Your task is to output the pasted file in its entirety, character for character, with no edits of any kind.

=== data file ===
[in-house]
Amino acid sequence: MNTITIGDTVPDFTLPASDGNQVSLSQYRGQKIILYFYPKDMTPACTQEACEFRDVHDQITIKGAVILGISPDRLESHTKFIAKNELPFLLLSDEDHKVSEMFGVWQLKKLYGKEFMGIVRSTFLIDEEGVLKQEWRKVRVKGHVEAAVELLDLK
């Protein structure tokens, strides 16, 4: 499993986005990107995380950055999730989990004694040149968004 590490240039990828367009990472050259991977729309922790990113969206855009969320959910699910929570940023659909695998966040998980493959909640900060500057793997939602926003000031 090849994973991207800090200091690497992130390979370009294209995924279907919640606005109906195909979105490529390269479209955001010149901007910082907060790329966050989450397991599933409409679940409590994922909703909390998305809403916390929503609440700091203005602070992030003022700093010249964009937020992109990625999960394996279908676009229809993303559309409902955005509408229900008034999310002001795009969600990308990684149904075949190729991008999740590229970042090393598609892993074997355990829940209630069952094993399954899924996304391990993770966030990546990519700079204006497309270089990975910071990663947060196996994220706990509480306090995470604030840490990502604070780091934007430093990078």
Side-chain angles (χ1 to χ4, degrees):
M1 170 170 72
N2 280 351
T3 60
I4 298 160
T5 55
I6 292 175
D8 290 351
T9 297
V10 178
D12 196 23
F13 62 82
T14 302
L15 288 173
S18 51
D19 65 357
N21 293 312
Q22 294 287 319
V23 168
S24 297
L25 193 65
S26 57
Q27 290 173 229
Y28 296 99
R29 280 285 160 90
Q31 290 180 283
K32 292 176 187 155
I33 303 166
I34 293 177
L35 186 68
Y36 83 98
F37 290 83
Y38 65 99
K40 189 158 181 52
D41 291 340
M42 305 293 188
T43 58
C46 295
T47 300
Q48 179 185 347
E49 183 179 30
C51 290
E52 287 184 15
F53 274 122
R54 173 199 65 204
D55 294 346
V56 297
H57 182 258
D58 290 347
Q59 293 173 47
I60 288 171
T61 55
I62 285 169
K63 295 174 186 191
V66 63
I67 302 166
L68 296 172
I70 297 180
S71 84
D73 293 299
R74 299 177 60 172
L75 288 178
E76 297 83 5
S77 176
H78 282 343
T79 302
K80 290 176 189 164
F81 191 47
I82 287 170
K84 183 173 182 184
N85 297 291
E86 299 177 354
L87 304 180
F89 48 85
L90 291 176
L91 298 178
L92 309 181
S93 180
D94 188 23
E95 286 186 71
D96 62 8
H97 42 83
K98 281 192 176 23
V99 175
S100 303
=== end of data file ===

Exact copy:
[in-house]
Amino acid sequence: MNTITIGDTVPDFTLPASDGNQVSLSQYRGQKIILYFYPKDMTPACTQEACEFRDVHDQITIKGAVILGISPDRLESHTKFIAKNELPFLLLSDEDHKVSEMFGVWQLKKLYGKEFMGIVRSTFLIDEEGVLKQEWRKVRVKGHVEAAVELLDLK
């Protein structure tokens, strides 16, 4: 499993986005990107995380950055999730989990004694040149968004 590490240039990828367009990472050259991977729309922790990113969206855009969320959910699910929570940023659909695998966040998980493959909640900060500057793997939602926003000031 090849994973991207800090200091690497992130390979370009294209995924279907919640606005109906195909979105490529390269479209955001010149901007910082907060790329966050989450397991599933409409679940409590994922909703909390998305809403916390929503609440700091203005602070992030003022700093010249964009937020992109990625999960394996279908676009229809993303559309409902955005509408229900008034999310002001795009969600990308990684149904075949190729991008999740590229970042090393598609892993074997355990829940209630069952094993399954899924996304391990993770966030990546990519700079204006497309270089990975910071990663947060196996994220706990509480306090995470604030840490990502604070780091934007430093990078």
Side-chain angles (χ1 to χ4, degrees):
M1 170 170 72
N2 280 351
T3 60
I4 298 160
T5 55
I6 292 175
D8 290 351
T9 297
V10 178
D12 196 23
F13 62 82
T14 302
L15 288 173
S18 51
D19 65 357
N21 293 312
Q22 294 287 319
V23 168
S24 297
L25 193 65
S26 57
Q27 290 173 229
Y28 296 99
R29 280 285 160 90
Q31 290 180 283
K32 292 176 187 155
I33 303 166
I34 293 177
L35 186 68
Y36 83 98
F37 290 83
Y38 65 99
K40 189 158 181 52
D41 291 340
M42 305 293 188
T43 58
C46 295
T47 300
Q48 179 185 347
E49 183 179 30
C51 290
E52 287 184 15
F53 274 122
R54 173 199 65 204
D55 294 346
V56 297
H57 182 258
D58 290 347
Q59 293 173 47
I60 288 171
T61 55
I62 285 169
K63 295 174 186 191
V66 63
I67 302 166
L68 296 172
I70 297 180
S71 84
D73 293 299
R74 299 177 60 172
L75 288 178
E76 297 83 5
S77 176
H78 282 343
T79 302
K80 290 176 189 164
F81 191 47
I82 287 170
K84 183 173 182 184
N85 297 291
E86 299 177 354
L87 304 180
F89 48 85
L90 291 176
L91 298 178
L92 309 181
S93 180
D94 188 23
E95 286 186 71
D96 62 8
H97 42 83
K98 281 192 176 23
V99 175
S100 303